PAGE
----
Welcome to our 2019 RuBY winners spotlight – this month I’m pleased to introduce – Maddison Michaels! Maddison won the RuBy in the historical category. The story follows Devlin Markham, the notorious ‘Devil Duke’ of Hungtington, who who’s looking to secure his fortune with a marriage to Lady Sophie Wolcott. However, Sophie is a blue stocking heroine unimpressed with the Duke’s rakish and rougish ways. When Devlin’s dark past threatens to place not only him, but Sophie in danger too, they’ll find that not just their lives are in jeopardy, but their hearts too.
Category novels were my first foray into romance, and I take great joy in pressing pause on my normal life and slipping back into a world of princesses and billionaires, playboys and rogues.
Such a small but tricky piece of punctuation. So innocuous, yet it governs our sentence structure, and more often than not, it can tip the meaning of our writing into very different directions. To this end, it can reduce ambiguity in sentences.
Now 2020 is upon us – holidays are over, kids are back in school and we’re ready for a head down bottoms up back start to the year. But it’s still summer and the living is easy! Welcome to blog contributor Janet Gover! Janet is an award winning novelist who loves writing books about the Australian outback and joins us here today to tell us about three things she learned while writing ‘The Lawson Sisters’.
Victorian author Megan Mayfair is making a fabulous splash in the romance world, with her work receiving accolades galore from both readers and writers. Megan was shortlisted for an impressive five nominations in this year’s Australian Romance Readers Awards and last year scooped the pool with the Romance Writers Association’s Romantic Book of the Year award for her novel Tangled Vines. What a way to kick off a career in romance writing!
Welcome to our 2019 RuBY winners spotlight – first up – Penelope Janu! Penelope won the RuBy in the contempory category. The story follows Golden Saunder’s, who’s life becomes distinctly messy when United Nations diplomat (read: spy) Tor Amundsen, enters her life. This delightful contemporary rural romance is warm hearted and full of emotions to pull our heart strings!
First up, I’d like to apologise for the absence of a December post. Life got suddenly crazy in that month, with a heap of family visiting from overseas and end of school craziness. I hope you’ve all had a safe, happy and healthy festive season and new year. I’d just like to send my love and thoughts out to those in fire torn areas. For those of you on Twitter, you may have seen some great support through #AuthorsForFireys. I’d like to thank each and every one of you who shared posts or bid—please know that everything you do, no …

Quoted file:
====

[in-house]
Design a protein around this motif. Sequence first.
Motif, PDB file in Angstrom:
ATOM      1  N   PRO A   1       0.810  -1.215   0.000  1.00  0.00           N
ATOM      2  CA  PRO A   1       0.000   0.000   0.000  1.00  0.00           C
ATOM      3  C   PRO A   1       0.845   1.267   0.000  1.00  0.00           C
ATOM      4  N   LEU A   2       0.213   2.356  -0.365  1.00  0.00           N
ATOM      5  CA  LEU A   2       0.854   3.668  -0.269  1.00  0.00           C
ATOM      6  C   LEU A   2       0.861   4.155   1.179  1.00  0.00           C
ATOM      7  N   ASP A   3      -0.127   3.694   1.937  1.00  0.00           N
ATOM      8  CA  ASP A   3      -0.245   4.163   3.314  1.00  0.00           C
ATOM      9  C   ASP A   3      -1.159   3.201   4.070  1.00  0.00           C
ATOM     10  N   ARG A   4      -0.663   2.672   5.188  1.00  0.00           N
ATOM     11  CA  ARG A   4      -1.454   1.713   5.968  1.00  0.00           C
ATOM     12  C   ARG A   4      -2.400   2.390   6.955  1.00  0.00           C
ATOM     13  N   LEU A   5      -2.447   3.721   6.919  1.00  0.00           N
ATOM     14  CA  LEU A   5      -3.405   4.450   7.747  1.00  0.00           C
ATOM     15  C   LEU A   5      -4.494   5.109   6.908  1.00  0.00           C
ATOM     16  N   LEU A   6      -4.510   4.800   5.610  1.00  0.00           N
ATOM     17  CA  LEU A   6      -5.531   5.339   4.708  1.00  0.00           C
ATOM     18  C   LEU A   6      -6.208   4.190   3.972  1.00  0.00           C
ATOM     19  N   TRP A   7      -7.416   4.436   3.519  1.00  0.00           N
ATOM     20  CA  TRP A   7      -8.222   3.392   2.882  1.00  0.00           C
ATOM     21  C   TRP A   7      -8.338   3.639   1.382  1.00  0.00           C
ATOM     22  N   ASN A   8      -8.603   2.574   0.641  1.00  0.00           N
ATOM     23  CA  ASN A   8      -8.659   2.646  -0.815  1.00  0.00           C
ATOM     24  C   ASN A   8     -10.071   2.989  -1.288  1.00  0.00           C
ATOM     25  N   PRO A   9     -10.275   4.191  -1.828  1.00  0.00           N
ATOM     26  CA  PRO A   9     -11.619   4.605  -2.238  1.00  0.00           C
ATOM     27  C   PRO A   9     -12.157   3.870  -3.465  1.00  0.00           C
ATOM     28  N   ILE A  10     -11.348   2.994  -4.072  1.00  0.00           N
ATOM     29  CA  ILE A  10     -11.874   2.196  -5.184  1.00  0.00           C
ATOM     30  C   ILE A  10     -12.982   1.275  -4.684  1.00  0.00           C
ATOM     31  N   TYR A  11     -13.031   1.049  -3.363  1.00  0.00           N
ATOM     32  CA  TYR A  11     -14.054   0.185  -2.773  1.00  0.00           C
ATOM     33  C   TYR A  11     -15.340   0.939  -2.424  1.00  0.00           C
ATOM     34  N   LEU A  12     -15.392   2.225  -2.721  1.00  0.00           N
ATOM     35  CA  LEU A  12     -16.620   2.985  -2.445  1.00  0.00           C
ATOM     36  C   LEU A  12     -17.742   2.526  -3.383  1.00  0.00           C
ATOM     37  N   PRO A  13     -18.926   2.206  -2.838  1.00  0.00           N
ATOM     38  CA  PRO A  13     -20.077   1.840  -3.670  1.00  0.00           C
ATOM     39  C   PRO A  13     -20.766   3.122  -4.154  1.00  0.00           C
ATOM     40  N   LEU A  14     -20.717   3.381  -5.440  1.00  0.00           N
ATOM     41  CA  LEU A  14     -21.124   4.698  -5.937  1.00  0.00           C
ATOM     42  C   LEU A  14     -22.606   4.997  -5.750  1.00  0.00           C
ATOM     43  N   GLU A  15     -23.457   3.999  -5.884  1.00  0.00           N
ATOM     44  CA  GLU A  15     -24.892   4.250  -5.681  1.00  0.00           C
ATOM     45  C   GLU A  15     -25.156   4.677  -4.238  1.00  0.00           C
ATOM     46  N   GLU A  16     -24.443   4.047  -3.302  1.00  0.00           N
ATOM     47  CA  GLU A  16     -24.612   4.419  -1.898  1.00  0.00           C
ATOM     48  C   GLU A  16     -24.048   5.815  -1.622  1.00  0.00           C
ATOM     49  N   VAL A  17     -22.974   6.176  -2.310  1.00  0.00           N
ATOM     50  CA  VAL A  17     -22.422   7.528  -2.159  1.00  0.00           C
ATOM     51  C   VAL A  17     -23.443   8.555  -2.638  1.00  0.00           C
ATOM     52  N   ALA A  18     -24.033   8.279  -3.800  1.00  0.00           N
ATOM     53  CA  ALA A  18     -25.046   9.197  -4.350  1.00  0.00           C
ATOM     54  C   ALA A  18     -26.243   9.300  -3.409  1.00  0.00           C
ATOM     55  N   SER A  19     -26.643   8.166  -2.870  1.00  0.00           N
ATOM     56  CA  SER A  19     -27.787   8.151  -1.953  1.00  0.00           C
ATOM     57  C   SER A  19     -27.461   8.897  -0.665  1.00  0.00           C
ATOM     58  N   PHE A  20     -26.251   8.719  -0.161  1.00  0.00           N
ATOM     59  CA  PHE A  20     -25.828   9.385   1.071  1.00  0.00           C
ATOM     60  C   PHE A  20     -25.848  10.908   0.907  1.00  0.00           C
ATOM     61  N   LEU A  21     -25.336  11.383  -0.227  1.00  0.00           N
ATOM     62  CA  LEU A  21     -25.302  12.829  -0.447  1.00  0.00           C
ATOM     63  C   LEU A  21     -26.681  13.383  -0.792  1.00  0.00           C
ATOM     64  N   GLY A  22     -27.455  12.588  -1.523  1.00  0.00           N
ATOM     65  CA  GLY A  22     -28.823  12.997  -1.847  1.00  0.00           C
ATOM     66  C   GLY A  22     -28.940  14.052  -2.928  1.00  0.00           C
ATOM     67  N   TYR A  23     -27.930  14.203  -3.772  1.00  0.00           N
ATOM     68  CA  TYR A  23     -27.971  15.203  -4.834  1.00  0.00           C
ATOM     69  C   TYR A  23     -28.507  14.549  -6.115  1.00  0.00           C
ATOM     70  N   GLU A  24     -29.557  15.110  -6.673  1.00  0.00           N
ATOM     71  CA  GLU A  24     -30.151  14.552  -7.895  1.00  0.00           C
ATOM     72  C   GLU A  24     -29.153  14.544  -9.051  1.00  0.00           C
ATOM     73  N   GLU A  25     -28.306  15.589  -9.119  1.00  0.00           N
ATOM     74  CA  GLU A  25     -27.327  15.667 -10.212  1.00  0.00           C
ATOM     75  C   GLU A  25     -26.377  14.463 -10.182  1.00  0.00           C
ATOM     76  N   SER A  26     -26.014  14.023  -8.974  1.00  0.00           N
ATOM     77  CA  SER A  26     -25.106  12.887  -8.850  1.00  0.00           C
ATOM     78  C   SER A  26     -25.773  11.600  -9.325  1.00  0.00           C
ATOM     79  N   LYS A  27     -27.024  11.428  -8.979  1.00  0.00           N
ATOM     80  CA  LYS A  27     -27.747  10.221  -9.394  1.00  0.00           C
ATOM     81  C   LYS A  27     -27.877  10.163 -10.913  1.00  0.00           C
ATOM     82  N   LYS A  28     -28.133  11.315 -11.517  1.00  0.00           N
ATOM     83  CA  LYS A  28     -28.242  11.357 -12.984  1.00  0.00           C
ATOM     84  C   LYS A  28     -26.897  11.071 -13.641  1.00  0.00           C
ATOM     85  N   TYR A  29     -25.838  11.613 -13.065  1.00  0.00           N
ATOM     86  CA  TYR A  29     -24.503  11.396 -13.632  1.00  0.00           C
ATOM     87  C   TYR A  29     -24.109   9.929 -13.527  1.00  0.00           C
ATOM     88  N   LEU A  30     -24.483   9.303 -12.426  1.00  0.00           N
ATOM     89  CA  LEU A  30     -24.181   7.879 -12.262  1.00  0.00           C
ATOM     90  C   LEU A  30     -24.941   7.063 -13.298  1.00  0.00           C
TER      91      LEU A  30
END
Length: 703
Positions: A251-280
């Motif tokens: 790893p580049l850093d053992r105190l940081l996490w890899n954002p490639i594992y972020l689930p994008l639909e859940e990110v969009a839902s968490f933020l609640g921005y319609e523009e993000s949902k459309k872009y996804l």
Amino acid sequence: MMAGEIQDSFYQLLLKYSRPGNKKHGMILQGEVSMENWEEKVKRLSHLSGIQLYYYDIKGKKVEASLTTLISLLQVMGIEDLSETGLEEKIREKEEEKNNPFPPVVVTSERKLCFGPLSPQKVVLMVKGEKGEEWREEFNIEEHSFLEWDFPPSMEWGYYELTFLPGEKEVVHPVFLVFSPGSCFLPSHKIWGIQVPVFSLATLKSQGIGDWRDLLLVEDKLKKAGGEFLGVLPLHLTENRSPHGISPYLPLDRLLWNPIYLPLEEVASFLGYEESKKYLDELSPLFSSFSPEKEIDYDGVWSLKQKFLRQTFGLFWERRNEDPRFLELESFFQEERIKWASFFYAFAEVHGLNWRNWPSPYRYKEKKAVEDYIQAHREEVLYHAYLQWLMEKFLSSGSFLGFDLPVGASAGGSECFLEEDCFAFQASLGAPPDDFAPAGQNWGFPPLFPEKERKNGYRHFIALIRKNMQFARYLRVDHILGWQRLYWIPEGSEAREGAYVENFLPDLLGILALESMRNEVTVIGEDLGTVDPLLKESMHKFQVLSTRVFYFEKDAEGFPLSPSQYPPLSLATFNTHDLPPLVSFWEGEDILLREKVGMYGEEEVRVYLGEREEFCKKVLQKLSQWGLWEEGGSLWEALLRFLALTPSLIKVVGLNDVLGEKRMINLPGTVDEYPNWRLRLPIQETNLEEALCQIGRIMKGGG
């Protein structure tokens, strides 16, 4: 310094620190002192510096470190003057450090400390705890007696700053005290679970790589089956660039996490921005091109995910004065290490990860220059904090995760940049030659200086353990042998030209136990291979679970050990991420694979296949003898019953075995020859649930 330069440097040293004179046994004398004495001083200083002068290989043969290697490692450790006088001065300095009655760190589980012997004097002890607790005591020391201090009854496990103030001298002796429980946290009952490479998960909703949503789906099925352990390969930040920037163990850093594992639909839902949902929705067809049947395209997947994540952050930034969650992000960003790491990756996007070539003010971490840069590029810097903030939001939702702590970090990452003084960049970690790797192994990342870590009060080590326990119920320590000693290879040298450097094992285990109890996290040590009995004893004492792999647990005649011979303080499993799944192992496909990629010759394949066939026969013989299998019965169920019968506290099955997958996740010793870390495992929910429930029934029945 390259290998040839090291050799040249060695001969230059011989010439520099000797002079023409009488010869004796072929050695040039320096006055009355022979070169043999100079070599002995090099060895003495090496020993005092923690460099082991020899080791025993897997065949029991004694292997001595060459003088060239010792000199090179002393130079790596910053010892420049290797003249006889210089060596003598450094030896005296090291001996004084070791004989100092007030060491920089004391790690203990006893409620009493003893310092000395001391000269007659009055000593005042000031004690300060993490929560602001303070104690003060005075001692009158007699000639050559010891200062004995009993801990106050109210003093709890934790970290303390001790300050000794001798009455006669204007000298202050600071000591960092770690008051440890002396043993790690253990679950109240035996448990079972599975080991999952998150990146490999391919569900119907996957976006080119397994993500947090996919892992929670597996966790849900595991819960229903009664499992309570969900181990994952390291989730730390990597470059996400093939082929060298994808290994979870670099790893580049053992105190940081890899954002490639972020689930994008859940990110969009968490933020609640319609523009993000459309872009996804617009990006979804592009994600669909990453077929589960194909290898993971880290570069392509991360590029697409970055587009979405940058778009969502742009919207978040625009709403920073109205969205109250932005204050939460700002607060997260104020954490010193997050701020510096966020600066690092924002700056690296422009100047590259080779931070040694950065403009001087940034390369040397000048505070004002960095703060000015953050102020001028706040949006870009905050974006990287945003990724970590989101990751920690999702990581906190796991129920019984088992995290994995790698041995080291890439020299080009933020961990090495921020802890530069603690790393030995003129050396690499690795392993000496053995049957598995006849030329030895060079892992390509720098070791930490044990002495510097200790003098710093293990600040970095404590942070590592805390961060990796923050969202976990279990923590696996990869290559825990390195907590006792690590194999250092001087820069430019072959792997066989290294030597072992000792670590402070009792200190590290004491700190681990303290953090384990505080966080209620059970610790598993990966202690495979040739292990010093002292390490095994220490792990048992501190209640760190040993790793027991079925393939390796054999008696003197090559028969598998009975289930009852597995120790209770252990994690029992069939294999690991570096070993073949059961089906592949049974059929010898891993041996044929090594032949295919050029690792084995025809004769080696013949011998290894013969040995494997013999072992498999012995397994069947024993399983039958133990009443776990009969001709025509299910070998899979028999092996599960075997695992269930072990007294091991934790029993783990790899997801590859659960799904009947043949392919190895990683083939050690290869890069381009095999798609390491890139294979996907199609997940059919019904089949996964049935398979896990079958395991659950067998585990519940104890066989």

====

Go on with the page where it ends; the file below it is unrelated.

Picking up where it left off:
We hope you are all recovered from Christmas and have some time to relax. And just in time for summer holidays, welcome our last blog contributor for 2019 – Sandy Barker. Sandy joins us to today to tell us about three things she learned while writing ‘One Summer in Santorini’.
New South Welsh author Pamela Cook is rarely at a loose end, with a multitude of hobbies. As well as volunteering for her local pony club and the not-for-profit organisation Room to Read, Pam regular teaches writers ways to improve their craft and shows her quarter horse, Rio. She is also a keen supporter of the Australian literacy scene, interviewing over 32 women this year for the Writes4Women podcast with fellow writer, Kel Butler. Pam’s first novel was published seven years ago, and the popularity of her rural romance stories soon elevated her to bestseller status. Between writing, teaching and …
Welcome to our third Christmas edition blog of ‘Three things I learned while writing…’ and to our third author(s) featured this month – Nora James, Susanne Bellamy, Shirley Wine and Renee Dahlia. All four authors have joined us today to tell us about three things they learned while writing the Christmas anthology ‘Rainbow Cove Christmas’.